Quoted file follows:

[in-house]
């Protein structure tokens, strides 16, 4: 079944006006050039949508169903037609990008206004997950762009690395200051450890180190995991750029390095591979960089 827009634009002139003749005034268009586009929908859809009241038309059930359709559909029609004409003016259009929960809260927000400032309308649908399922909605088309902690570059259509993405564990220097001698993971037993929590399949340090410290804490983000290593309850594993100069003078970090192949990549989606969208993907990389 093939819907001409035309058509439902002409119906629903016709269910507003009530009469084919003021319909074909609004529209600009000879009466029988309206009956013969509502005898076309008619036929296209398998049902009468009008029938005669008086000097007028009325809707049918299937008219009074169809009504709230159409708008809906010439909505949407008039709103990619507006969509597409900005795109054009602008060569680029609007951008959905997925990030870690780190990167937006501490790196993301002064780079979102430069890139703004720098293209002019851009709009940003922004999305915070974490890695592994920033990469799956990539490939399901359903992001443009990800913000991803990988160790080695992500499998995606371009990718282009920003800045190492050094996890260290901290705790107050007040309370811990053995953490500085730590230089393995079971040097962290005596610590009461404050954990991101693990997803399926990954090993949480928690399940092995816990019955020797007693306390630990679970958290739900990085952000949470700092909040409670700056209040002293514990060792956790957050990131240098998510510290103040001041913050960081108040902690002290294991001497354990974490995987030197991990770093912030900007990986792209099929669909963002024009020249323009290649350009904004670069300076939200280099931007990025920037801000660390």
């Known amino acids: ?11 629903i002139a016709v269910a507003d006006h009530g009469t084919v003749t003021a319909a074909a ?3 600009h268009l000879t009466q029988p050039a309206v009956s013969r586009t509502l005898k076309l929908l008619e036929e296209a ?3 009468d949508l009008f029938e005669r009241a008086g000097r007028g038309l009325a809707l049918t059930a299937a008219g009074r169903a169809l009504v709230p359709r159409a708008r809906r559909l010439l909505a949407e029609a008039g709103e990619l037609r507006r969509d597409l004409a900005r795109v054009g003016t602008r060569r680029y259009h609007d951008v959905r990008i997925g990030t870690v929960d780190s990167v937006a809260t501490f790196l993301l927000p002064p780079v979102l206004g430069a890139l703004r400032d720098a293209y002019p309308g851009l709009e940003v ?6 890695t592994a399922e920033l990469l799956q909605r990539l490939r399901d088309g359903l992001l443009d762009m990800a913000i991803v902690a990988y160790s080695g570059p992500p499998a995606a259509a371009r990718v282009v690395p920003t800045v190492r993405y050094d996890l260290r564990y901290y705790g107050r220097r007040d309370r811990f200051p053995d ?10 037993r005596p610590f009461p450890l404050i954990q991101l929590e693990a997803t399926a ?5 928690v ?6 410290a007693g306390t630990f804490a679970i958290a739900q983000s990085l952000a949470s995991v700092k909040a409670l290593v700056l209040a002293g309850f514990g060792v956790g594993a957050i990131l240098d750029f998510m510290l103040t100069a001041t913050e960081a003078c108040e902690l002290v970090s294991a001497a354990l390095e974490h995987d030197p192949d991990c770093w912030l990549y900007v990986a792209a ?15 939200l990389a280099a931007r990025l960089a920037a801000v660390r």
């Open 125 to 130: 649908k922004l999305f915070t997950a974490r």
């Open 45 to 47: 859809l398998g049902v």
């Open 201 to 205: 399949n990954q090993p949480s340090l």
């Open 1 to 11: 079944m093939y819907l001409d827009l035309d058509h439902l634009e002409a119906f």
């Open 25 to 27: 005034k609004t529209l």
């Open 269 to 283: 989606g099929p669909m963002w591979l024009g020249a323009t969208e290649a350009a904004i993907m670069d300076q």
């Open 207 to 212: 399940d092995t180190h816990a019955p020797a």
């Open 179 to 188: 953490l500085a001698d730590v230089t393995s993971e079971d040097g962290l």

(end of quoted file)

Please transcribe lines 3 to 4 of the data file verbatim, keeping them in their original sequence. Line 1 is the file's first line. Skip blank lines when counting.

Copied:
């Known amino acids: ?11 629903i002139a016709v269910a507003d006006h009530g009469t084919v003749t003021a319909a074909a ?3 600009h268009l000879t009466q029988p050039a309206v009956s013969r586009t509502l005898k076309l929908l008619e036929e296209a ?3 009468d949508l009008f029938e005669r009241a008086g000097r007028g038309l009325a809707l049918t059930a299937a008219g009074r169903a169809l009504v709230p359709r159409a708008r809906r559909l010439l909505a949407e029609a008039g709103e990619l037609r507006r969509d597409l004409a900005r795109v054009g003016t602008r060569r680029y259009h609007d951008v959905r990008i997925g990030t870690v929960d780190s990167v937006a809260t501490f790196l993301l927000p002064p780079v979102l206004g430069a890139l703004r400032d720098a293209y002019p309308g851009l709009e940003v ?6 890695t592994a399922e920033l990469l799956q909605r990539l490939r399901d088309g359903l992001l443009d762009m990800a913000i991803v902690a990988y160790s080695g570059p992500p499998a995606a259509a371009r990718v282009v690395p920003t800045v190492r993405y050094d996890l260290r564990y901290y705790g107050r220097r007040d309370r811990f200051p053995d ?10 037993r005596p610590f009461p450890l404050i954990q991101l929590e693990a997803t399926a ?5 928690v ?6 410290a007693g306390t630990f804490a679970i958290a739900q983000s990085l952000a949470s995991v700092k909040a409670l290593v700056l209040a002293g309850f514990g060792v956790g594993a957050i990131l240098d750029f998510m510290l103040t100069a001041t913050e960081a003078c108040e902690l002290v970090s294991a001497a354990l390095e974490h995987d030197p192949d991990c770093w912030l990549y900007v990986a792209a ?15 939200l990389a280099a931007r990025l960089a920037a801000v660390r």
């Open 125 to 130: 649908k922004l999305f915070t997950a974490r």